Readers React: Susan Collins, Brett Kavanaugh and the myth of the brave, principled Republican
To the editor: Sen. Susan Collins (R-Maine) relinquished her moment to be a hero.
She had the weight of the nation on her shoulders, and I cannot imagine the pressure she felt. She had the eyes and ears of the entire country on her and a once-in-a-lifetime opportunity to stand up and tell the truth: that despite whether or not she believed Christine Blasey Ford, it is indisputable that Brett Kavenaugh proved himself to be wholly biased and temperamentally unqualified for his appointment to the Supreme Court.
But instead, she put party before country and threw away the moment that would have solidified her bravery and political integrity for the rest of her life. This is a sad time for women and a tragic moment for our democracy.
Yvette Roman Davis, Los Angeles
To the editor: Sens. Collins, Jeff Flake (R-Ariz.) and Joe Manchin (D-W.Va.) are profiles in courage and comity.
By voting to confirm Kavanaugh — a singular example of forthrightness, impartiality and judicial temperament — they showed that we cannot allow “the mob,” which some might mistakenly call “the people,” to influence our representatives. Congress should listen to the true people, corporations, which wield their influence tastefully, with money.
By voting yes, they let the mob know that a male nominee may get emotional, but not the clearly gullible and confused women who dared protest his appointment.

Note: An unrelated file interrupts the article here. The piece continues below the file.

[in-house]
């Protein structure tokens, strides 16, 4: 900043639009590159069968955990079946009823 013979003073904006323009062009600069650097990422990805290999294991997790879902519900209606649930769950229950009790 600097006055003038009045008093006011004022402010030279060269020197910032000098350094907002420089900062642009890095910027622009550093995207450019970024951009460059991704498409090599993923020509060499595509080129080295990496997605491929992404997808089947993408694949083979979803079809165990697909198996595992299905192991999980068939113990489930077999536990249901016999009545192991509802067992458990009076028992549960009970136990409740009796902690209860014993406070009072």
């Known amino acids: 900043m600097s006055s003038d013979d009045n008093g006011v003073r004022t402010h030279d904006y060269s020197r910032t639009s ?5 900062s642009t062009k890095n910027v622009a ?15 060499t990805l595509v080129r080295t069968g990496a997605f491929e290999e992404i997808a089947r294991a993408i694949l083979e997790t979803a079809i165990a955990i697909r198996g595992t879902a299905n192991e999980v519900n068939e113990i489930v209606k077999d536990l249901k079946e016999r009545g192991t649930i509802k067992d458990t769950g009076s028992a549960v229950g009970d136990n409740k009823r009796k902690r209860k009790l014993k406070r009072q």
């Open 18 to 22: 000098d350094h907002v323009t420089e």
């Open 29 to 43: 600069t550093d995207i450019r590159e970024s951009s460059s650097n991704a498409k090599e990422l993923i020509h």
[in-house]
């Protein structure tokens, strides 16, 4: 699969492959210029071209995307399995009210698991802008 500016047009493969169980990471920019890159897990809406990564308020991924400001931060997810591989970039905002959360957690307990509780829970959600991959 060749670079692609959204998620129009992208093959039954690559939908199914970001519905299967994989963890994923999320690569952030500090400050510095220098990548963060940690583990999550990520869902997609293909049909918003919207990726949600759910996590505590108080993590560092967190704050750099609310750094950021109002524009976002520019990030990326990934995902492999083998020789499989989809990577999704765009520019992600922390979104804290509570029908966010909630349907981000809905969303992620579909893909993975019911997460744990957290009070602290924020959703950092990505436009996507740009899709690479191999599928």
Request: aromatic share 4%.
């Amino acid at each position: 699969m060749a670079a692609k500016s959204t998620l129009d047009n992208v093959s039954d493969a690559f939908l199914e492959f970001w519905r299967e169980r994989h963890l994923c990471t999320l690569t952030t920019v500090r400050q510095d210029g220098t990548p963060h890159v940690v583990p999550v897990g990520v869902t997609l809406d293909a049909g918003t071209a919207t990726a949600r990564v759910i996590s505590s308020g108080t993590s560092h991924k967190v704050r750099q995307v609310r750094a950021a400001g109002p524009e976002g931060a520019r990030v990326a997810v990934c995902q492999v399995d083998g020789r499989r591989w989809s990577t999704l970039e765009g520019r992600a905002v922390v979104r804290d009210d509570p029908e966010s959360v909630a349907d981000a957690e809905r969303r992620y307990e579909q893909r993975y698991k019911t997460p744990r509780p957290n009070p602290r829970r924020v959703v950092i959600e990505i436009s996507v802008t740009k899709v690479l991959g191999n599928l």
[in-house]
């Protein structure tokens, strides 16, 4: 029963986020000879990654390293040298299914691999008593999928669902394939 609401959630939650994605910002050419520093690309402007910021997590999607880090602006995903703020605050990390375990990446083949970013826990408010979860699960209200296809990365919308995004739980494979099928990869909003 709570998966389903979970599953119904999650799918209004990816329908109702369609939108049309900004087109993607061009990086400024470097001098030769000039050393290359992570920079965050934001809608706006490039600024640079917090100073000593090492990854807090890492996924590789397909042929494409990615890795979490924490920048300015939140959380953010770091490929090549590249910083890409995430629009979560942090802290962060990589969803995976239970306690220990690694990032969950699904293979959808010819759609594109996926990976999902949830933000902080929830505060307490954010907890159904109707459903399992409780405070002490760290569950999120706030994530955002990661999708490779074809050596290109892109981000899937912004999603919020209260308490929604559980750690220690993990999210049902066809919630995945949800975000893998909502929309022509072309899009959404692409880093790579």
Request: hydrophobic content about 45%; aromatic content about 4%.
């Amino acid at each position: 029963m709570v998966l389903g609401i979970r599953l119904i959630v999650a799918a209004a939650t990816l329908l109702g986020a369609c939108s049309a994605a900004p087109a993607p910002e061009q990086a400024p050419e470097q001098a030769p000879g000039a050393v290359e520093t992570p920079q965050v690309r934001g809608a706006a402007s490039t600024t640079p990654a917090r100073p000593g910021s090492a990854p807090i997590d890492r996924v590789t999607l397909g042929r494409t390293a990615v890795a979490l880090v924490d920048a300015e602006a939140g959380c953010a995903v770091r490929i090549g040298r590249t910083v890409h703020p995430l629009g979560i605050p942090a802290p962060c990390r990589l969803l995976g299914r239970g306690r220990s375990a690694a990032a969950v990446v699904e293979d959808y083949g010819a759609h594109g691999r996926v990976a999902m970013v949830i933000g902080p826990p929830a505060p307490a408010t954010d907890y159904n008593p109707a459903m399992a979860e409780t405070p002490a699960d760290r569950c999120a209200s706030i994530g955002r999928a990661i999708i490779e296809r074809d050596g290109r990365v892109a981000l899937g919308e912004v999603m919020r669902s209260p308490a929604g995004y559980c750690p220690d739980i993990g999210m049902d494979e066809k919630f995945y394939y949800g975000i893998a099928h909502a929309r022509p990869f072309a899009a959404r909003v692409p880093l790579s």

By voting yes, they went out on a lonely limb to embolden officeholders to courageously dismiss women who have the gall to demand that they be taken seriously.
By voting yes, they have stepped out of Flake’s elevator and into Sen. Orrin Hatch’s (R-Utah). Bravo.
Linda Cordeiro, Los Angeles
To the editor: Democrats upset by Kavanaugh’s confirmation have only themselves to blame.
In 2013, the then-Democratic majority in the Senate invoked the “nuclear option” to eliminate the 60-vote threshold for ending debate on judicial confirmations except for the Supreme Court. Republicans thus felt justified in exercising the same option in 2017 to get Neil Gorsuch onto the Supreme Court.
If 60 votes had been required in the Gorsuch nomination, perhaps Judge Merrick Garland would have been seen as an ideal compromise candidate by both political parties. Certainly, under a similar scenario, Kavanaugh would have had no chance of being confirmed.
Talk about being hoisted by one’s own petard.
Michael Thorpe, Oxnard
To the editor: I feel sick with sadness and despair. I am 71.
As a young woman I grew up in a time when abortion wasn’t legal. Getting pregnant was the end, if not of your life, of all opportunity to become something. It meant forced marriage, dropping out of school, being shipped off to have the baby somewhere else so you didn’t shame your family, or getting a back-alley abortion. It meant shame.
I did not think it was fair to bring up allegations from high school. People hopefully mature and become responsible adults. For me, this confirmation hearing was about Kavanaugh’s stance on the right to an abortion.
For generations we have been fighting for reproductive freedom. It is an underpinning of autonomy for women. I feel sick over what Kavanaugh’s confirmation means for women in the future.
Gale Jaffe, Los Angeles
To the editor: Prove us wrong, Justice Kavanaugh.
Show us what an ultra-thin majority of the Senate sees in you that most of my fellow citizens do not. Show us that the sniveling, partisan, self-victimizing bully we witnessed during the recent hearings does not reflect your true judicial self.
If the nation assumes you were displaying your better self (as one usually would in a job interview), we should all be worried. Prove us wrong.
Fred Lynch, Westminster
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